Samsung and Oculus have been treating Gear VR and the Oculus Rift in a similar manner, meaning both pieces of hardware are clearly labeled as developer or enthusiast devices, and not meant for the general public. Oculus CTO John Carmack said Gear VR will get a proper, full consumer launch with Samsung’s next hardware cycle, however. This was Samsung’s desire with the most recent Gear VR hardware, he explained at GDC on stage, but Oculus wanted to keep the “Innovator” edition able in place until they felt it was actually ready for more widespread use.
This marks the most solid proclamation of an intent to make real consumer VR hardware available beyond the early adopter crowd we’ve heard from Oculus VR yet, whether for its Oculus Rift headset or for the Gear VR mobile device. It’s still not setting anything in stone – Carmack deferred from making any specific comments on when Samsung’s next hardware cycle might actually occur – but the Note generally gets an update in the fall, which is when the original Gear VR debuted last year.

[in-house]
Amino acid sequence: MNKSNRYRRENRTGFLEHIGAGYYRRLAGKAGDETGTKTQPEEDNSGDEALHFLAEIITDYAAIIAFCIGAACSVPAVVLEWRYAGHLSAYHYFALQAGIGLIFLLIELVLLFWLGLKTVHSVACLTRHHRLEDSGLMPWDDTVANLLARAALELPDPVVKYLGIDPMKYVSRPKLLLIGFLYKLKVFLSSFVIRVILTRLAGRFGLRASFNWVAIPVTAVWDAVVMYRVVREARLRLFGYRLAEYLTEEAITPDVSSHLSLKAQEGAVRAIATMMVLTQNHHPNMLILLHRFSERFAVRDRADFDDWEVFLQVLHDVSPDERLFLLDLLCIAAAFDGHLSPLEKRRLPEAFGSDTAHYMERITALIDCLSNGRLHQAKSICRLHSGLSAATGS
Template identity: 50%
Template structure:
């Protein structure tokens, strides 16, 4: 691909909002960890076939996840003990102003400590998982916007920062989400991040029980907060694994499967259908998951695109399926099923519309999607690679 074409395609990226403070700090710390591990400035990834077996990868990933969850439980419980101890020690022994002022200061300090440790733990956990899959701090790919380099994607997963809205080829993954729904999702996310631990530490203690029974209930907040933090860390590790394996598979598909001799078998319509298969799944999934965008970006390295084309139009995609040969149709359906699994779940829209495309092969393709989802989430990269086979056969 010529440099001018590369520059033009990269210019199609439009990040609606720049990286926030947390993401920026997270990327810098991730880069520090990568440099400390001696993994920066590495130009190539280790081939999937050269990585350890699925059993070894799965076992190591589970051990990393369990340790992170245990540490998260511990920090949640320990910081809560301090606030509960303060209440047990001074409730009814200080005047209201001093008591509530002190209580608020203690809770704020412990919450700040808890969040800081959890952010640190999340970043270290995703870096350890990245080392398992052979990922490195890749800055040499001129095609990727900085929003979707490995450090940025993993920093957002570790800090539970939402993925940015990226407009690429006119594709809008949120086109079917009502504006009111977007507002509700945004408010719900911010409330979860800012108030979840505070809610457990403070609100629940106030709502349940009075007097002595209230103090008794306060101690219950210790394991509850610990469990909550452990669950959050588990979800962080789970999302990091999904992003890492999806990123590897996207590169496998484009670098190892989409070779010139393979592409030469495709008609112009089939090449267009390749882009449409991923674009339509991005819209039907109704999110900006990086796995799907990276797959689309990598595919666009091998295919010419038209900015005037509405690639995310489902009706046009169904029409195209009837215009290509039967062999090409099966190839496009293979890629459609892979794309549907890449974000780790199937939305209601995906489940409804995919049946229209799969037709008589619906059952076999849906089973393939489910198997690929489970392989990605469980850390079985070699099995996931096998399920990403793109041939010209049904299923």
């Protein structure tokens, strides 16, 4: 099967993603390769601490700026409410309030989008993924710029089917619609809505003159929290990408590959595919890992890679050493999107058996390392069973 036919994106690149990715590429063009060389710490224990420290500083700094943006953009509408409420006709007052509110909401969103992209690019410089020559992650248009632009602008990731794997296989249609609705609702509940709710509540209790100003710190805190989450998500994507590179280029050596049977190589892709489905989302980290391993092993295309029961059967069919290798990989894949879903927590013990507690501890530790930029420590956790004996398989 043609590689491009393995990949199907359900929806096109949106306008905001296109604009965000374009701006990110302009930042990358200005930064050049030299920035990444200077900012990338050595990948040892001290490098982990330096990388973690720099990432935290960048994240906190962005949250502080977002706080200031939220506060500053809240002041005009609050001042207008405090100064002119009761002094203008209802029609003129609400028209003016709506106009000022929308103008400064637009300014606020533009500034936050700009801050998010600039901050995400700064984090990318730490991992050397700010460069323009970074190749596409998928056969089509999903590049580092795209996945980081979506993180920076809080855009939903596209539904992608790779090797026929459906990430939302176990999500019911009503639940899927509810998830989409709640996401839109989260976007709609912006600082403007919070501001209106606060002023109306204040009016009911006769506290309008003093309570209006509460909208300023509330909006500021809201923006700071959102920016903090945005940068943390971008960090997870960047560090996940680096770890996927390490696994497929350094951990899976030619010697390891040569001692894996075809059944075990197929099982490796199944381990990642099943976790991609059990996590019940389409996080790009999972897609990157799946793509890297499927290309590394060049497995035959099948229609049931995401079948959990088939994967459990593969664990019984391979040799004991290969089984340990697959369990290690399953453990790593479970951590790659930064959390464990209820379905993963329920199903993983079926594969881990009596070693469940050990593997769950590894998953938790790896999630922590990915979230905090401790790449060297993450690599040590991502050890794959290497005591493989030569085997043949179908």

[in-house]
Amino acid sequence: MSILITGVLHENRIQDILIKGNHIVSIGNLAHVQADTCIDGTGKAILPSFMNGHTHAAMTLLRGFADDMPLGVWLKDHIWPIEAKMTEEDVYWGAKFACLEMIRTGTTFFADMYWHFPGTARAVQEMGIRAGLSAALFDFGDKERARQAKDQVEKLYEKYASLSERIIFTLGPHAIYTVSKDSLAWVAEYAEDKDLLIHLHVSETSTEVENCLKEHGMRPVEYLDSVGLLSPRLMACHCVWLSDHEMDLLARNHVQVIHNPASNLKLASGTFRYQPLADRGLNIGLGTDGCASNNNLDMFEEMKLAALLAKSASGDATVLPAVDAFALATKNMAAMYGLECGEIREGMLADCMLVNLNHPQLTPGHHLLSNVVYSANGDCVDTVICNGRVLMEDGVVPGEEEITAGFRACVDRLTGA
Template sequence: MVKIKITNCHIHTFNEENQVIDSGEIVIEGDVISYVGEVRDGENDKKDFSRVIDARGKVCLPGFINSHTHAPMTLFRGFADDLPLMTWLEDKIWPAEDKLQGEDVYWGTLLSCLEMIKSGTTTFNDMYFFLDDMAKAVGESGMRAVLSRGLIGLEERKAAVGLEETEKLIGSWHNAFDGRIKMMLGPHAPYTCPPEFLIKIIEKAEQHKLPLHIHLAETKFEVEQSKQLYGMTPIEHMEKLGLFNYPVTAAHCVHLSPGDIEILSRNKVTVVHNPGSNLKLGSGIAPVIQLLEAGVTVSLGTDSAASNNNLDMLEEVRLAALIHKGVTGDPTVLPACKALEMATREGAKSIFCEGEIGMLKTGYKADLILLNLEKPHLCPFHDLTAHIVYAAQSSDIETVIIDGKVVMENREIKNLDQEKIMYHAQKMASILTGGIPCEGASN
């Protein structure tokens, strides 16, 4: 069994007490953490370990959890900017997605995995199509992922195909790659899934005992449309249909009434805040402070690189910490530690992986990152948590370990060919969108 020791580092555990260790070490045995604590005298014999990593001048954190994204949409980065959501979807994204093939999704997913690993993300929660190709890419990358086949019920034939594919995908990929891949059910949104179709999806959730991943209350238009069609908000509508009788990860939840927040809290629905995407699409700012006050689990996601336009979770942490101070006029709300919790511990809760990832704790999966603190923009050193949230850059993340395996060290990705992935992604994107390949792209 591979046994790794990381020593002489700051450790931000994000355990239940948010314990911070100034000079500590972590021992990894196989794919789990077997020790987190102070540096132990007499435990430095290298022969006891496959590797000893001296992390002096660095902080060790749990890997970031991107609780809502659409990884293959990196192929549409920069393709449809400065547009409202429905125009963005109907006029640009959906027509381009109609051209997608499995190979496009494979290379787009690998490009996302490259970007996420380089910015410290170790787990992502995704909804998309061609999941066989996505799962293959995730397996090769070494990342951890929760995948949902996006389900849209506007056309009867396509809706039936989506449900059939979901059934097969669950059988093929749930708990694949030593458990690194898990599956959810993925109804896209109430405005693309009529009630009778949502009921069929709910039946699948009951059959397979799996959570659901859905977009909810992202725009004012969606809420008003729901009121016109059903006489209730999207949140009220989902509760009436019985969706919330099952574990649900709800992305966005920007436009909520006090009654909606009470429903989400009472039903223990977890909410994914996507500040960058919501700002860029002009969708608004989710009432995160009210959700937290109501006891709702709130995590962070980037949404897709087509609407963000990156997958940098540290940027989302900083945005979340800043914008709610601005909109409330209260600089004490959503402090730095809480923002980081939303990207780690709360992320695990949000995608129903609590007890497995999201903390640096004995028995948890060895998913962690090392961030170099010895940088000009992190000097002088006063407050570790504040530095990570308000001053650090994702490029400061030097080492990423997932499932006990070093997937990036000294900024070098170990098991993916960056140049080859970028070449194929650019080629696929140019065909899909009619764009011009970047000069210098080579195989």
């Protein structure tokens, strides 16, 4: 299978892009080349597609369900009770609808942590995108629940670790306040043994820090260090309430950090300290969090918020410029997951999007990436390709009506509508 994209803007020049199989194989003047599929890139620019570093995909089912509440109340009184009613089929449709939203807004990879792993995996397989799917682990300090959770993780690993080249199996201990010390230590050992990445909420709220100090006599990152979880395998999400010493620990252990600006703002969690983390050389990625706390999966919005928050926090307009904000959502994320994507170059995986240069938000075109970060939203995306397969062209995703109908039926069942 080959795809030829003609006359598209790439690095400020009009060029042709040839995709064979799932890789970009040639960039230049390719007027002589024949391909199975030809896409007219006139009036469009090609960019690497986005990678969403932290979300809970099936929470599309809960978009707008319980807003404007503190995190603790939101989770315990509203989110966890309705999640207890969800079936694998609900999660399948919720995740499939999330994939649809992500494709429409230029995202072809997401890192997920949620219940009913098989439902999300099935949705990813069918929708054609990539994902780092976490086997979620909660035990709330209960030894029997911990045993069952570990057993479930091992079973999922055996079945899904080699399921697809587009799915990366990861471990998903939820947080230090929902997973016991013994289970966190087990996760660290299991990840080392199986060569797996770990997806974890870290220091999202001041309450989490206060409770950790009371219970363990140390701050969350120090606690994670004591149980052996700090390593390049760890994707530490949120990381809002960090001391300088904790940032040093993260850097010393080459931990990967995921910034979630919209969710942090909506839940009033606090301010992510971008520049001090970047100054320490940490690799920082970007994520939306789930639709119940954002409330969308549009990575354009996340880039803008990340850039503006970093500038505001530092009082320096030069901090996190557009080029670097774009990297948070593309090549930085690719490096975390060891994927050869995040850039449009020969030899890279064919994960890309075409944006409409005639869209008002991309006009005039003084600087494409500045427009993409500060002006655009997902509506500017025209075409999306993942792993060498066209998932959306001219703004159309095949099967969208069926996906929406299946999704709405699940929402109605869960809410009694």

Carmack stressed that there is still a ways to go from the current iteration of Gear VR to a consumer launch, especially when it comes to software experiences like games. Games experienced on today’s hardware can still induce nausea, he noted, which is a big problem if you’re looking to bring it to a wider audience. But mobile VR is important for getting the word about VR in general, he said, and with a broad Gear VR launch Oculus and Samsung could get a lot more people excited about the still-nascent tech.